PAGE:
Pioneered in Europe, offshore wind continues to mature, reducing costs and unlocking new markets, in Asia – led by Taiwan – and the US, where north-east coastal states are driving efforts to exploit the country’s significant offshore wind resources.
A globalised offshore wind market will be able to push down costs further and unlock fresh sources of demand, as new contractors, subcontractors, and other entrants, continue to infuse the sector with innovation and competition.
However, despite big gains made in Europe, where the North Sea hosts most of the world’s offshore wind capacity, the share of offshore wind in the overall energy mix is small.
According to the Offshore Wind Outlook 2019, published by the International Energy Agency (IEA), offshore wind supplies just 0.3% of global power generation. Onshore wind accounts for about 6% in comparison.
In 2018 installed offshore wind capacity stood at 23GW, with annual deployment growing by 30% annually (IEA).
Over 80% of installed capacity is installed in Europe, in the North Sea. The UK leads with 8GW, followed by Germany with over 6GW.
Supported by policy targets and falling technology costs, the IEA estimates – based on stated policies – global offshore wind capacity is set to increase fifteen-fold from 23GW in 2018 to around 370GW by 2040. Annual offshore wind capacity additions are set to double over the next five years, rising to over 20GW annually from 2030.
Beyond 2030, cost competitiveness of offshore wind is expected to help maintain pace of growth.
Today Europe and China lead the offshore wind market and this dominance is expected to continue over the next 20 years, with both markets accounting for nearly three-quarters of installed capacity by 2040. From the early 2020s the US, Taiwan, South Korea and Japan, will account for the rest of the growth.
To 2040 the EU will account for 40% of the global offshore market, increasing installed capacity to almost 130GW by then, according to IEA’s forecast based on stated policies. By then annual investment in offshore will reach $17bn, from $11bn today. In 2040 offshore wind will provide more than one-in-six kilowatt-hours generated in the EU.
According to Fitch China has emerged as one of the fastest expanding wind markets globally. There is a national growth target of 5GW by 2020, but, according to Fitch, cumulative 2020 provincial-level targets in Jiangsu, (3500MW), Fujian (2000MW) and Guangdong (2000MW) exceed the national target.
Based on current state policies, the US will go from just 30MW of installed capacity today to nearly 40GW of installed capacity by 2040, with related investment totalling $100bn and accounting for 3% of electricity supply.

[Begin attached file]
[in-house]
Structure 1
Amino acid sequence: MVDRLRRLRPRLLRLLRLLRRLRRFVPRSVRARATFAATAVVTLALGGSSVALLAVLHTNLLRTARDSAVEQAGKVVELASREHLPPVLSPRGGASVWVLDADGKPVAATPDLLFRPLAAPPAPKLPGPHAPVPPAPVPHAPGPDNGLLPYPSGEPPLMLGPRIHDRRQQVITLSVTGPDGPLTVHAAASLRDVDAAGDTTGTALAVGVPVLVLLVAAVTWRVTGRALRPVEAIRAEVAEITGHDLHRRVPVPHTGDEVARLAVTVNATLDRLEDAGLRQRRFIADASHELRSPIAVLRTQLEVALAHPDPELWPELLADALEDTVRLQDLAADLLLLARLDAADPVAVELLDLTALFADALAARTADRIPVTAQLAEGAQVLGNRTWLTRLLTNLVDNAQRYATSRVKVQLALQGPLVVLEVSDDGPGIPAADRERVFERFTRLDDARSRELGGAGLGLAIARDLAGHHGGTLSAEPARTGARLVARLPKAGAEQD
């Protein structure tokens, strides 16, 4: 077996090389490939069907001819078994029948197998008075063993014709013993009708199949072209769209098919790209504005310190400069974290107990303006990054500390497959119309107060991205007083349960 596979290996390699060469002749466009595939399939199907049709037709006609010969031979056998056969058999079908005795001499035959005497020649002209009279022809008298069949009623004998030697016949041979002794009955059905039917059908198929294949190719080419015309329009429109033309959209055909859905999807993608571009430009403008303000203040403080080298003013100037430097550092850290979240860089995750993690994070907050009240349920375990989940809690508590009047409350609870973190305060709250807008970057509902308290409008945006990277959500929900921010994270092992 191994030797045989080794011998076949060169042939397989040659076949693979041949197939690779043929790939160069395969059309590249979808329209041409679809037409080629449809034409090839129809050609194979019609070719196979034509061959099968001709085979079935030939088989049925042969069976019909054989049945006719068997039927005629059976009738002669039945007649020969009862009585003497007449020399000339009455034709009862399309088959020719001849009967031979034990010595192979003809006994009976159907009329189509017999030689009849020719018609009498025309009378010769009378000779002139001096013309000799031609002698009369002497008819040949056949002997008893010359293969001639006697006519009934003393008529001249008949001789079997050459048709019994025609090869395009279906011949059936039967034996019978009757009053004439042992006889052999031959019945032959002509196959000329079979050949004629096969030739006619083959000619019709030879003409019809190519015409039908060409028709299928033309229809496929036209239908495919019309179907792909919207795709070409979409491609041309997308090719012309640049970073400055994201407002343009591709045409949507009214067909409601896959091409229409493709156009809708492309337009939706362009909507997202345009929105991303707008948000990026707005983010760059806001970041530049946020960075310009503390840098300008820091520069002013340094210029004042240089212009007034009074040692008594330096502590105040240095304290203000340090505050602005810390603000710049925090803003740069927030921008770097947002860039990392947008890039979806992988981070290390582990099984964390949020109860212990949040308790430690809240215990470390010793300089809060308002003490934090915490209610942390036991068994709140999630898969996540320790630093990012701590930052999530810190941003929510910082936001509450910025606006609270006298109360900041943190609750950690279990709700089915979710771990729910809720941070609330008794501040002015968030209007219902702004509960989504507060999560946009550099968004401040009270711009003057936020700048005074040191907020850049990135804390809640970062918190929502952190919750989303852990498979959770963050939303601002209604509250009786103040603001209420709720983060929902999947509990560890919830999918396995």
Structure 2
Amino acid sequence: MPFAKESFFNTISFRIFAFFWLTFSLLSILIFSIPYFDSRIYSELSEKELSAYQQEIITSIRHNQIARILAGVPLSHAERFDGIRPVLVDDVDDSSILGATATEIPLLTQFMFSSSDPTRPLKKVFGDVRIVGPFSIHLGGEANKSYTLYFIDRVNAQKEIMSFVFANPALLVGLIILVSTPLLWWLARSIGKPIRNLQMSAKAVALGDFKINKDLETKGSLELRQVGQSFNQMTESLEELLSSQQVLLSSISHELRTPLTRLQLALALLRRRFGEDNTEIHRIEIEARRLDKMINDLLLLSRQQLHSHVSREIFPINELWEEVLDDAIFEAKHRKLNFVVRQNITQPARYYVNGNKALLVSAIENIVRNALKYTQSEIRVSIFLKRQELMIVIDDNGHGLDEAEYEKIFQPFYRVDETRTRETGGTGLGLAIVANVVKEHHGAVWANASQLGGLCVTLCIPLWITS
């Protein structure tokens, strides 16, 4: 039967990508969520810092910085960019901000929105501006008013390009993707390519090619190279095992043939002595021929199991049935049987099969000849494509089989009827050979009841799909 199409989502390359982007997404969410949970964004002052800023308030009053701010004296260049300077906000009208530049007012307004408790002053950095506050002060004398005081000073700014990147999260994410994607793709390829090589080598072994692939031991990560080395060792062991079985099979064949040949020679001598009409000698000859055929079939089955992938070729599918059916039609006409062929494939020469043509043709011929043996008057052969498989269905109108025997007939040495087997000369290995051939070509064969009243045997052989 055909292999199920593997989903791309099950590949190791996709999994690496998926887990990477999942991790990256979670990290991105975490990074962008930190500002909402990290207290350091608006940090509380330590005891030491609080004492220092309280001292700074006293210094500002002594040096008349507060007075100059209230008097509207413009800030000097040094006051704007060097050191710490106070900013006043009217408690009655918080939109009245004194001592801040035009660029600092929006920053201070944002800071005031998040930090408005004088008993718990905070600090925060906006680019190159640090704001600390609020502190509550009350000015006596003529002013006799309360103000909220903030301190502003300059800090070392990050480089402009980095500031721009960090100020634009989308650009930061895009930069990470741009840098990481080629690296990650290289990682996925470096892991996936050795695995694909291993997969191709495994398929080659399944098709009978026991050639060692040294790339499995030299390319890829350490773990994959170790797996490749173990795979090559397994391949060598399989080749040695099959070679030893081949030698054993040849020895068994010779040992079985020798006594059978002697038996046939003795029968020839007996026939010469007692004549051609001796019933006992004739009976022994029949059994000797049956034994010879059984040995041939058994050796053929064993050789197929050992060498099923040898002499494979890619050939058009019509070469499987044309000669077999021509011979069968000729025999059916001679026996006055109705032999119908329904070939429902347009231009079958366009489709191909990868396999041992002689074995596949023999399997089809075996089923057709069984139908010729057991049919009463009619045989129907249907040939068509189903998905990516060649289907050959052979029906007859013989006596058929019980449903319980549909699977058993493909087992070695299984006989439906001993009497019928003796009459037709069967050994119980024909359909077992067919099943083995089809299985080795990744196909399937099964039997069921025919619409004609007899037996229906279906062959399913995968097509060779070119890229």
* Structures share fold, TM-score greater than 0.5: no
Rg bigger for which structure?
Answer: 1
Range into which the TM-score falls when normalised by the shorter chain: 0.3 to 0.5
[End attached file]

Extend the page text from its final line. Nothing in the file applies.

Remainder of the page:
The US alone could add nearly 30GW by 2040, based on collective targets by states, including New York (9GW), New Jersey (7.5GW), Massachusetts (3.5GW), Connecticut (2GW), Virginia (2.6GW). Potentially this pipeline could increase further if the Federal government holds outer continental shelf lease sales for sites off California and the west coast state adopts an industry advised target of 10GW by 2045, achievable using floating wind technology.
State-level policies in many cases are crafted to ensure the US optimises local content opportunities from the outset and developers are responding by pledging tens of millions of dollars in port upgrades and workforce training.
After the EU, China and the US, a few markets, including Taiwan, Japan, India and South Korea will drive global growth to 2040.
Taiwan deserves special mention. Global Wind Energy Council (GWEC) Market Intelligence forecasts Taiwan is set to become the second largest offshore wind market in Asia.
With a current target in place for 5.7GW of offshore wind capacity by 2025, Taiwan’s President Tsai Ing-wen announced in November 2019 that Taiwan plans to add an additional 10GW of capacity between 2026 and 2035, doubling its current target.
According to GWEC the global wind industry has ‘its sights set on Taiwan to be the next big offshore wind market’.
As a technology poised for rapid growth, offshore wind faces challenges. A key one is the establishing supply chains able to deliver projects efficiently and cost-effectively, while limiting project risk.
Governments have a critical role to play in terms of providing long-term visibility with ambitious goals so the industry can be confident in there being enough annual capacity buildout to support supply chain investments, in training, port upgrades, manufacturing, and servicing facilities.
Governments are also crucial in terms of directing public funds to support R&D to de-risk new and untried innovations that can potentially drive down the cost of offshore wind, for example, the UK’s Offshore Renewable Energy (ORE) Catapult.